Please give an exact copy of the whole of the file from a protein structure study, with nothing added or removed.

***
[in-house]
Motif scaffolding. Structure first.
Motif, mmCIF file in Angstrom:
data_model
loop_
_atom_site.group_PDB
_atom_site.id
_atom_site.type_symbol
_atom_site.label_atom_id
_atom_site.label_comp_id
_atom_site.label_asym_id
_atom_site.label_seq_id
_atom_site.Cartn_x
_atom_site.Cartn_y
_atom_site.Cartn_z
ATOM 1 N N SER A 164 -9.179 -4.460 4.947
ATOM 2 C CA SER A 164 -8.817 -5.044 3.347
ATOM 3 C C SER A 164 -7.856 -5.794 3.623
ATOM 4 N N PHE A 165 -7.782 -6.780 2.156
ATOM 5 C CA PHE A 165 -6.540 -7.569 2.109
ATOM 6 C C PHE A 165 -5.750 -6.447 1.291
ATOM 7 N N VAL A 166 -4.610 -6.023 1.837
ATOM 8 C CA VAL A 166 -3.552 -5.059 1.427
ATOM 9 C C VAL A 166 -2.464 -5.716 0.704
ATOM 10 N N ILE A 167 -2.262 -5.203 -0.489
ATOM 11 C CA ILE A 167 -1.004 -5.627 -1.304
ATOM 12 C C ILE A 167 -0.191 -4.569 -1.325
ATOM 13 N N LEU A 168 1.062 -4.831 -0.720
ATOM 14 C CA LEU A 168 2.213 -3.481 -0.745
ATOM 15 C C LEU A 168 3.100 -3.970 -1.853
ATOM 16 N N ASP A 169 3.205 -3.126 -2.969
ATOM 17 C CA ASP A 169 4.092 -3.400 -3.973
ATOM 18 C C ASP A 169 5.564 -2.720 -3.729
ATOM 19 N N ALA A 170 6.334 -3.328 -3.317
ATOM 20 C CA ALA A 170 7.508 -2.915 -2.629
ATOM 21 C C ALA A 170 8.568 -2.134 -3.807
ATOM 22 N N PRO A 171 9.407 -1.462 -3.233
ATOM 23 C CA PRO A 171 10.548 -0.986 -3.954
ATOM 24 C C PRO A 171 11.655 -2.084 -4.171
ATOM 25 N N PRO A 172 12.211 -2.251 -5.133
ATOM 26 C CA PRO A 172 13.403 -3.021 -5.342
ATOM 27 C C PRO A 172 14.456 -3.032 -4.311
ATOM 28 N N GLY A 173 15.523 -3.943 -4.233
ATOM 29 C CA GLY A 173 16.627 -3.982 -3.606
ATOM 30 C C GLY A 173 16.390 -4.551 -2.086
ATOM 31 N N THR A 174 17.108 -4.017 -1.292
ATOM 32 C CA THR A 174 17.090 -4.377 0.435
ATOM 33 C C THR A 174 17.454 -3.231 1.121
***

[in-house]
Motif scaffolding. Structure first.
Motif, mmCIF file in Angstrom:
data_model
loop_
_atom_site.group_PDB
_atom_site.id
_atom_site.type_symbol
_atom_site.label_atom_id
_atom_site.label_comp_id
_atom_site.label_asym_id
_atom_site.label_seq_id
_atom_site.Cartn_x
_atom_site.Cartn_y
_atom_site.Cartn_z
ATOM 1 N N SER A 164 -9.179 -4.460 4.947
ATOM 2 C CA SER A 164 -8.817 -5.044 3.347
ATOM 3 C C SER A 164 -7.856 -5.794 3.623
ATOM 4 N N PHE A 165 -7.782 -6.780 2.156
ATOM 5 C CA PHE A 165 -6.540 -7.569 2.109
ATOM 6 C C PHE A 165 -5.750 -6.447 1.291
ATOM 7 N N VAL A 166 -4.610 -6.023 1.837
ATOM 8 C CA VAL A 166 -3.552 -5.059 1.427
ATOM 9 C C VAL A 166 -2.464 -5.716 0.704
ATOM 10 N N ILE A 167 -2.262 -5.203 -0.489
ATOM 11 C CA ILE A 167 -1.004 -5.627 -1.304
ATOM 12 C C ILE A 167 -0.191 -4.569 -1.325
ATOM 13 N N LEU A 168 1.062 -4.831 -0.720
ATOM 14 C CA LEU A 168 2.213 -3.481 -0.745
ATOM 15 C C LEU A 168 3.100 -3.970 -1.853
ATOM 16 N N ASP A 169 3.205 -3.126 -2.969
ATOM 17 C CA ASP A 169 4.092 -3.400 -3.973
ATOM 18 C C ASP A 169 5.564 -2.720 -3.729
ATOM 19 N N ALA A 170 6.334 -3.328 -3.317
ATOM 20 C CA ALA A 170 7.508 -2.915 -2.629
ATOM 21 C C ALA A 170 8.568 -2.134 -3.807
ATOM 22 N N PRO A 171 9.407 -1.462 -3.233
ATOM 23 C CA PRO A 171 10.548 -0.986 -3.954
ATOM 24 C C PRO A 171 11.655 -2.084 -4.171
ATOM 25 N N PRO A 172 12.211 -2.251 -5.133
ATOM 26 C CA PRO A 172 13.403 -3.021 -5.342
ATOM 27 C C PRO A 172 14.456 -3.032 -4.311
ATOM 28 N N GLY A 173 15.523 -3.943 -4.233
ATOM 29 C CA GLY A 173 16.627 -3.982 -3.606
ATOM 30 C C GLY A 173 16.390 -4.551 -2.086
ATOM 31 N N THR A 174 17.108 -4.017 -1.292
ATOM 32 C CA THR A 174 17.090 -4.377 0.435
ATOM 33 C C THR A 174 17.454 -3.231 1.121